5 Apr 2001
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Dual wavelength radar measurement of cirrus microphysical properties
Robin Hogan, Anthony Illingworth and Henri Sauvageot
- Cirrus clouds play an important role in the earth's radiation
budget. Consequently accurate representation of cloud microphysical
properties in General Circulation Models is essential for reliable
predictions of climate change.
- To validate ice cloud parameterisations, we need to be able to
remotely measure Ice Water Content IWC (the mass of ice
present per unit volume), and some measure of crystal size.
- Unfortunately, in the Rayleigh scattering regime, radar
reflectivity Z is proportional to the sixth power of diameter, so is
not directly related to either IWC or crystal size.
- However, if two coincident wavelength radars are used, one which
scatters in predominately in the Rayleigh regime and the other which
undergoes Mie scattering in the presence of larger crystals, then the
Dual Wavelength Ratio DWR, defined as the ratio of Z measured
at the longer wavelength to that measured at the shorter, will be
directly related to size.
- The figure shows a case study from 22 June 1996 in which thick
cirrus was observed by the colocated 35 GHz Rabelais and 94 GHz
Galileo radars. Unfortunately due to a hardware fault the 94 GHz
radar was around 10 dB less sensitive than the 35 GHz radar during
- By assuming a second order gamma distribution for crystal sizes,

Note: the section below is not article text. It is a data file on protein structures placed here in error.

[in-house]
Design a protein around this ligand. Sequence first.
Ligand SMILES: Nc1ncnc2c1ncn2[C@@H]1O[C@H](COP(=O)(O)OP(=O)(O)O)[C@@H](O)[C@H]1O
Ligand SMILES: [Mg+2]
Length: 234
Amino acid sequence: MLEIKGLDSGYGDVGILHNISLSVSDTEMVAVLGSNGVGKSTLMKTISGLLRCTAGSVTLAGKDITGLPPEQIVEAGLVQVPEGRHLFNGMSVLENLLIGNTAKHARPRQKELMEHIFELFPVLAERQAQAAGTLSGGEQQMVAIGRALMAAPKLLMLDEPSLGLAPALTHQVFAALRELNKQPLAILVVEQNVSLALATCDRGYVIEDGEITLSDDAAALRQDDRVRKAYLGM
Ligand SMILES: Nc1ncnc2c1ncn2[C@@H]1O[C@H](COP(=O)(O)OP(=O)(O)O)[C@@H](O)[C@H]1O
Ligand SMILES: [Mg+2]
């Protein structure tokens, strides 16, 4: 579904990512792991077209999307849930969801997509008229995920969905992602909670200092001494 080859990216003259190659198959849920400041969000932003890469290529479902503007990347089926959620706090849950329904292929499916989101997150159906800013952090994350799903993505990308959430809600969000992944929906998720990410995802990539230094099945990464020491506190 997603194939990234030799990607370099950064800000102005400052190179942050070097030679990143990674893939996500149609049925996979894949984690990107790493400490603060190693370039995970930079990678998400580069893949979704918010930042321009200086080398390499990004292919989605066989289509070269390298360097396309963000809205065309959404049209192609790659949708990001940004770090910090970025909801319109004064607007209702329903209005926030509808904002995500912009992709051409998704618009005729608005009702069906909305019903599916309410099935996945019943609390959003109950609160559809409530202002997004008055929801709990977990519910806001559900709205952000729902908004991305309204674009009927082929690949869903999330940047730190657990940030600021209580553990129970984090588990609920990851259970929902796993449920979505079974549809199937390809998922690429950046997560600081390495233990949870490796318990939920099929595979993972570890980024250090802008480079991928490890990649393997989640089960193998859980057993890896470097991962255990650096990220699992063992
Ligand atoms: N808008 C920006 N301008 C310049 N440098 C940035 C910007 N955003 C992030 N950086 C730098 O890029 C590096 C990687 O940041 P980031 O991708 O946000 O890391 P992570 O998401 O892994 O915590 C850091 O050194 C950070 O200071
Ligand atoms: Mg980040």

and that crystals can be approximated by spheres with decreasing
density as their size increases, Mie scattering calculations have been
carried out to find out how DWR varies with median volume diameter.
- With both reflectivity and size information available, it is a
straightforward matter to calculate IWC also. This is shown in the
figure together with that diagnosed by the UK Meteolological Office
forecast model for comparison.
- The technique could be used from a spaceborne platform, although
from space one would have the advantage that the attenuating boundary
layer does not need to be penetrated, so much higher frequencies can
be used. Higher frequencies Mie scatter to a greater extent for the
same particle size, so both size and ice water content measurements
become more accurate. It has been found that the most suitable
wavelength combination to use from space is 79 or 94 GHz for the
lower frequency and 215 GHz for the higher frequency.
- Coincident aircraft meaurements are seen as essential to validate
- The potential of spaceborne dual-wavelength radar to make global
measurements of cirrus clouds
Hogan, R. J., and A. J.
Illingworth, 1999,J. Atmos. Oceanic Tech., 16(5),
- Measuring crystal size in cirrus using 35- and 94-GHz
Hogan, R. J., A. J. Illingworth and H. Sauvageot, 2000,
J. Atmos. Oceanic Tech., 17(1), 27-37.